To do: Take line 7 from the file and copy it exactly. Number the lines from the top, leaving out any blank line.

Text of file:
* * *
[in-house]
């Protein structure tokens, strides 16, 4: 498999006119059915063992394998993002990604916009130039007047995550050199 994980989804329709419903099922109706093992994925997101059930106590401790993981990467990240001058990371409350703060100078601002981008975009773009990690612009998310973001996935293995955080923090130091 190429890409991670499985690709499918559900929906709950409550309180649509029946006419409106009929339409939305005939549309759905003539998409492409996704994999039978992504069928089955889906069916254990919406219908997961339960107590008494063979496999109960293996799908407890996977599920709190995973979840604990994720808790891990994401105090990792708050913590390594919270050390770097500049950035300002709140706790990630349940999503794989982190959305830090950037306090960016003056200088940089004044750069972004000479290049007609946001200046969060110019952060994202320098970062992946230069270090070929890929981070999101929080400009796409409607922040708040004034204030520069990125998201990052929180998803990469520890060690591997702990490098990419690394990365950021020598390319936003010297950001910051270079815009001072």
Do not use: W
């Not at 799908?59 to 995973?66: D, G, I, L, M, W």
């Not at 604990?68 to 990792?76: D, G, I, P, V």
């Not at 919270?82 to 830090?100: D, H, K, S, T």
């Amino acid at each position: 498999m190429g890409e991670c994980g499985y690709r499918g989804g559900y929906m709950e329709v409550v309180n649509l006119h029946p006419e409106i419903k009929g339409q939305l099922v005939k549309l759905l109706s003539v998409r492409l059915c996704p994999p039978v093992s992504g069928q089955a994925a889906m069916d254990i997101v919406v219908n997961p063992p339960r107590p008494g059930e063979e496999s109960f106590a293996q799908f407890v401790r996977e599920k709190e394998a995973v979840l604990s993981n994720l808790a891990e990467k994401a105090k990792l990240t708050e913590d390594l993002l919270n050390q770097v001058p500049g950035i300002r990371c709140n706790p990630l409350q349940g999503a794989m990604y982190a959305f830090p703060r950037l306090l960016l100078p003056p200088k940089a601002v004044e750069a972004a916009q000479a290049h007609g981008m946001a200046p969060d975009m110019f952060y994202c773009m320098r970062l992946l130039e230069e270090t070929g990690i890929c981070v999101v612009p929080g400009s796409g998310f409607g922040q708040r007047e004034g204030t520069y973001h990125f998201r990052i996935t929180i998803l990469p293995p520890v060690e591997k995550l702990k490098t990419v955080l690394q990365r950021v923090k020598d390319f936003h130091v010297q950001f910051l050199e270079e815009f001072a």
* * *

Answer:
């Amino acid at each position: 498999m190429g890409e991670c994980g499985y690709r499918g989804g559900y929906m709950e329709v409550v309180n649509l006119h029946p006419e409106i419903k009929g339409q939305l099922v005939k549309l759905l109706s003539v998409r492409l059915c996704p994999p039978v093992s992504g069928q089955a994925a889906m069916d254990i997101v919406v219908n997961p063992p339960r107590p008494g059930e063979e496999s109960f106590a293996q799908f407890v401790r996977e599920k709190e394998a995973v979840l604990s993981n994720l808790a891990e990467k994401a105090k990792l990240t708050e913590d390594l993002l919270n050390q770097v001058p500049g950035i300002r990371c709140n706790p990630l409350q349940g999503a794989m990604y982190a959305f830090p703060r950037l306090l960016l100078p003056p200088k940089a601002v004044e750069a972004a916009q000479a290049h007609g981008m946001a200046p969060d975009m110019f952060y994202c773009m320098r970062l992946l130039e230069e270090t070929g990690i890929c981070v999101v612009p929080g400009s796409g998310f409607g922040q708040r007047e004034g204030t520069y973001h990125f998201r990052i996935t929180i998803l990469p293995p520890v060690e591997k995550l702990k490098t990419v955080l690394q990365r950021v923090k020598d390319f936003h130091v010297q950001f910051l050199e270079e815009f001072a």